Saturday, December 22, 2007
Saturday, December 15, 2007
The increasingly popular yearly Moon jumping contest on Phobos has left one man immensely wealthy and 1013 people lost in space. This year's edition also saw a maximum amount of contestants, over 25000. It seems more people are willing to risk their lives to become a billionaire overnight. Contest officials say this year people were again very creative making up devices to shoot them up into space ranging from springs, to hydraulic devices to fuel-driven contraptions, in an attempt to bring them as far from Phobos without escaping its gravitational pull. Gargoyle Swenson of Mars Central took the grand prize of a 100 billion Universal Credits this year. 'I am going to move to Earth and party for the rest of my life', was his comment. The contest is one of the few ways to leave Mars and its depressing mining towns. People have to save on average about 5 years to pay for the trip from Mars to Phobos. Phobos was the second extraterrestrial object to be colonized (in 2153) by humans and was used a stepping stone to develop Mars as a colony. Janet Grenache, this year's runner up told our reporter that this was the worst outcome and being asked if she would try again, she said she would never compete again. After this definite statement she left the press and bystanders in awe when she loaded her power spring boots at maximum tension and intentionally disappeared into the voids of outer space. In the Phobos Jumping Contest the winner takes it all.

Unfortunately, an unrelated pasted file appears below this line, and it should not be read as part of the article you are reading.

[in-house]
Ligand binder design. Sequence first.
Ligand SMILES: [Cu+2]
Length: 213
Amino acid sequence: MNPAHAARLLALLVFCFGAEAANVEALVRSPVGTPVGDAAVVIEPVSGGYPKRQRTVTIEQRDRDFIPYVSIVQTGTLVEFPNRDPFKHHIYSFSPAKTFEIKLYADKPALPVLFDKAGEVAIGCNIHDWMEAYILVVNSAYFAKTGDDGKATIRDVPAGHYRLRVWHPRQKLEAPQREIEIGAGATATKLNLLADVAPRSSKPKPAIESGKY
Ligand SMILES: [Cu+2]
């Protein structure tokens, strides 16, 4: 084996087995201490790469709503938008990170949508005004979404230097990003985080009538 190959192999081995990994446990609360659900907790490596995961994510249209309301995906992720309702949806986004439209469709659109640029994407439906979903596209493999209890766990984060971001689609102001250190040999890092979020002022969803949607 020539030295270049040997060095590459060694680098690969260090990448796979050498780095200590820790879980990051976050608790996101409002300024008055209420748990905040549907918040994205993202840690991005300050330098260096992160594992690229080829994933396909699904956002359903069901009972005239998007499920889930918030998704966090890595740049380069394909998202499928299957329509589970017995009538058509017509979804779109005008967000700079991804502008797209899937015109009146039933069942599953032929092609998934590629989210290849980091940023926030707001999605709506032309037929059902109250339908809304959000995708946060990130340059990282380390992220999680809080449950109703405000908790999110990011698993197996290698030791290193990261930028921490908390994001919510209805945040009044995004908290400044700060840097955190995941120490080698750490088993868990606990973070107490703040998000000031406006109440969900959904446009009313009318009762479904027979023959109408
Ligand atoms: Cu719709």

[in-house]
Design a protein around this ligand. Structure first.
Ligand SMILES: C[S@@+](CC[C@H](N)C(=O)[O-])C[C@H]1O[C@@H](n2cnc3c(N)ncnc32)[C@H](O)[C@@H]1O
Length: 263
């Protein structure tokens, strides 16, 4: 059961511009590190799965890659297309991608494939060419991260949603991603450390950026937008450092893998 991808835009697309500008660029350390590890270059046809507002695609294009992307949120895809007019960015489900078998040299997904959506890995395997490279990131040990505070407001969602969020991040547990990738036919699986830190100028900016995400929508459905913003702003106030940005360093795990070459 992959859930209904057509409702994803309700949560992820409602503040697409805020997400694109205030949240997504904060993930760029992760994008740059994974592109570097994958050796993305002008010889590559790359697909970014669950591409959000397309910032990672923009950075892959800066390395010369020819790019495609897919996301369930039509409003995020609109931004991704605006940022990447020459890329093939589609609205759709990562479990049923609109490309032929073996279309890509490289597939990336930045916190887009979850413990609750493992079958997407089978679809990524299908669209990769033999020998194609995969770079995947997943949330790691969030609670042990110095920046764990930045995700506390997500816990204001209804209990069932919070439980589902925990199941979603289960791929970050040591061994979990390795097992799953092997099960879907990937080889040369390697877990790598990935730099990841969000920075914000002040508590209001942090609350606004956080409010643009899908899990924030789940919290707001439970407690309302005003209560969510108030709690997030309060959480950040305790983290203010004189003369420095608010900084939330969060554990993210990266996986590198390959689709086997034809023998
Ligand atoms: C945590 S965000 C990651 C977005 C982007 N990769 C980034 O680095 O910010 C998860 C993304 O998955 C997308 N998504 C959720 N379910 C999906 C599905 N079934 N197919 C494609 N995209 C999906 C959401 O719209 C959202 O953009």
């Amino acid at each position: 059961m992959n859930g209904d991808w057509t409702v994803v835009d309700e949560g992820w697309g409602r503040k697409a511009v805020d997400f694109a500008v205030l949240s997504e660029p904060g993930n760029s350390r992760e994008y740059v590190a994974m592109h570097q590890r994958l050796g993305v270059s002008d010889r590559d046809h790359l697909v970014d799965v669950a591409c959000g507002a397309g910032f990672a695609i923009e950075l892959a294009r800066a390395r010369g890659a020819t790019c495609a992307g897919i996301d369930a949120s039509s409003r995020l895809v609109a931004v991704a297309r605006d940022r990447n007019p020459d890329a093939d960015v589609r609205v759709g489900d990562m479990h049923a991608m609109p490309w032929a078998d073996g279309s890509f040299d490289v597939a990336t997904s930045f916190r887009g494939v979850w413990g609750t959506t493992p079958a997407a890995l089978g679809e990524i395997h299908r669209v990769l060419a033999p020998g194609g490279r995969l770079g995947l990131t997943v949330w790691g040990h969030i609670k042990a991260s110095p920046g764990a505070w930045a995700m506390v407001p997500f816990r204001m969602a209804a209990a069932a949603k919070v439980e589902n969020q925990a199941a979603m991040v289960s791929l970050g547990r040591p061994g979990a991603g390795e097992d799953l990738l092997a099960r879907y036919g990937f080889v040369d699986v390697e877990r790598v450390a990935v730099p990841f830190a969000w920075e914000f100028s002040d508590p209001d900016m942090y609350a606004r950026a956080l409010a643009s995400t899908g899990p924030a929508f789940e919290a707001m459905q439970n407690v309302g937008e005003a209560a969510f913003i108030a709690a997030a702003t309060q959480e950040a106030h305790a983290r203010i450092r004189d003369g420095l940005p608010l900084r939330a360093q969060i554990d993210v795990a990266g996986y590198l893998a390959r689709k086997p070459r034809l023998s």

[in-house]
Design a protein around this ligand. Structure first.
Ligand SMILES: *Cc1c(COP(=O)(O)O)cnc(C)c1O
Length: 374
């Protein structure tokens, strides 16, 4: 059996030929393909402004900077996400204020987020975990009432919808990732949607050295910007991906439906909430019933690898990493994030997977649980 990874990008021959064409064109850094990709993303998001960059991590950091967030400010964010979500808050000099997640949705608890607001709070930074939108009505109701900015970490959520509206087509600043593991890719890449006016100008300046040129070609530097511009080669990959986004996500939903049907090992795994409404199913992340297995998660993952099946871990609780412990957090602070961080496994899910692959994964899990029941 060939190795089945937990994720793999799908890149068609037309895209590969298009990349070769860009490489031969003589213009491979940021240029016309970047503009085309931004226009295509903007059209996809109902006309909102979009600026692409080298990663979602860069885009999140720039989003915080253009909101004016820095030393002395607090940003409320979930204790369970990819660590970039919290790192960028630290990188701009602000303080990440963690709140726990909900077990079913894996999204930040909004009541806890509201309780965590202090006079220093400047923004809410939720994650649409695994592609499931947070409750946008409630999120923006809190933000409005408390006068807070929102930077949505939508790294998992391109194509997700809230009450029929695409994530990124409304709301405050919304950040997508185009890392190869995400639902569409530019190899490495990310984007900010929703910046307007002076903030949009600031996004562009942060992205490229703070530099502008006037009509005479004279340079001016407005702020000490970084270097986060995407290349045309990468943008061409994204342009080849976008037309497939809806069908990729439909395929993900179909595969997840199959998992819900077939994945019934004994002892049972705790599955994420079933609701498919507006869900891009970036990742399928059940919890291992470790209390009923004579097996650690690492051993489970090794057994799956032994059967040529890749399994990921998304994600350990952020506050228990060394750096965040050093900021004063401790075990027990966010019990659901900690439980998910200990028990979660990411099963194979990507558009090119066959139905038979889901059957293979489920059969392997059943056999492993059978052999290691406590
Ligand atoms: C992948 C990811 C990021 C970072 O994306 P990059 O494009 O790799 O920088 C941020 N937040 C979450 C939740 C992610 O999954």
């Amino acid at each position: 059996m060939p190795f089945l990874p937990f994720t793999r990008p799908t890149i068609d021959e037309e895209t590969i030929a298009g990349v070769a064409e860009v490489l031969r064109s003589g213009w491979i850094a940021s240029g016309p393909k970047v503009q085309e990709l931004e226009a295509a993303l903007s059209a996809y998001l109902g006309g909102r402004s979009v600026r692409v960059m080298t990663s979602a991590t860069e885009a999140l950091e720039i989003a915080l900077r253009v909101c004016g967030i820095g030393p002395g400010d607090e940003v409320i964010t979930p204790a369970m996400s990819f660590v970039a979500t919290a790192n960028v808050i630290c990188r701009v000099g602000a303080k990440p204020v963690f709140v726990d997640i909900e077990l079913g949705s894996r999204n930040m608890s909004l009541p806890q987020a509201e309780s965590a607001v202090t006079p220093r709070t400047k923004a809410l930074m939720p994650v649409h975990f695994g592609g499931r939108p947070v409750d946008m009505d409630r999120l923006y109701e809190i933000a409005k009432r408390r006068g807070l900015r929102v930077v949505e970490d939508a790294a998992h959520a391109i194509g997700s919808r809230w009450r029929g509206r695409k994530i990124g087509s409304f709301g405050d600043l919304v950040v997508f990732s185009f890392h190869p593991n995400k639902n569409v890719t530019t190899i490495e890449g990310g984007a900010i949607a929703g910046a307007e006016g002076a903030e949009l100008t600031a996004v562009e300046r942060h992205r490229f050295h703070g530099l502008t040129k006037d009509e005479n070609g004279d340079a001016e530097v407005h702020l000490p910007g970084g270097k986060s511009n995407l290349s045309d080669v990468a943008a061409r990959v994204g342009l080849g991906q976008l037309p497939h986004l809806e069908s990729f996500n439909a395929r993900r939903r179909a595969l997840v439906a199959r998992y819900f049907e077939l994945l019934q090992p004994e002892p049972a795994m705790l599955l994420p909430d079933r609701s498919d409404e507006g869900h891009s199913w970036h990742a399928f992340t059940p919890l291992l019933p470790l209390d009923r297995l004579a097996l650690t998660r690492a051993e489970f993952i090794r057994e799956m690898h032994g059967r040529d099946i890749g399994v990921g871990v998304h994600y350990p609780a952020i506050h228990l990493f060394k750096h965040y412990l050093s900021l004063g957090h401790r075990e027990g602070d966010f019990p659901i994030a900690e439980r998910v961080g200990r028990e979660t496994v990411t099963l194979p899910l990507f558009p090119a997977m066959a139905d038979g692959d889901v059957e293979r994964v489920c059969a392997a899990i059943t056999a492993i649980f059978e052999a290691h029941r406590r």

Saturday, December 8, 2007
Three French citizens have been sentenced to life in prison for attempting to smuggle 60 kilos of goose liver into the
Wednesday, December 5, 2007
Tuesday, December 4, 2007
In a bizarre incident two child porn cybercops who were both under the assumption that they were meeting with a potential sex offender ended up shooting each other. One was a local cybercop and the other with the Child Porn Task Force of the FBI. Both officers were unaware of each other's investigation. Eyewitnesses stated that both pulled their guns at the same time and both of them showed their badges. Neither officer was willing to put down their weapon. After a long silence one of them twitched and they both opened fire. 'It was just like High Noon', one of the bystanders told our reporter. Both were fatally wounded in the head and died at the scene. Their names have not been released by the local police or the FBI. Spokespersons for both institutions declared the loss of two good law officers an unfortunate incident with no one to blame. This re-opens the debate about a centralized crime investigation database once again.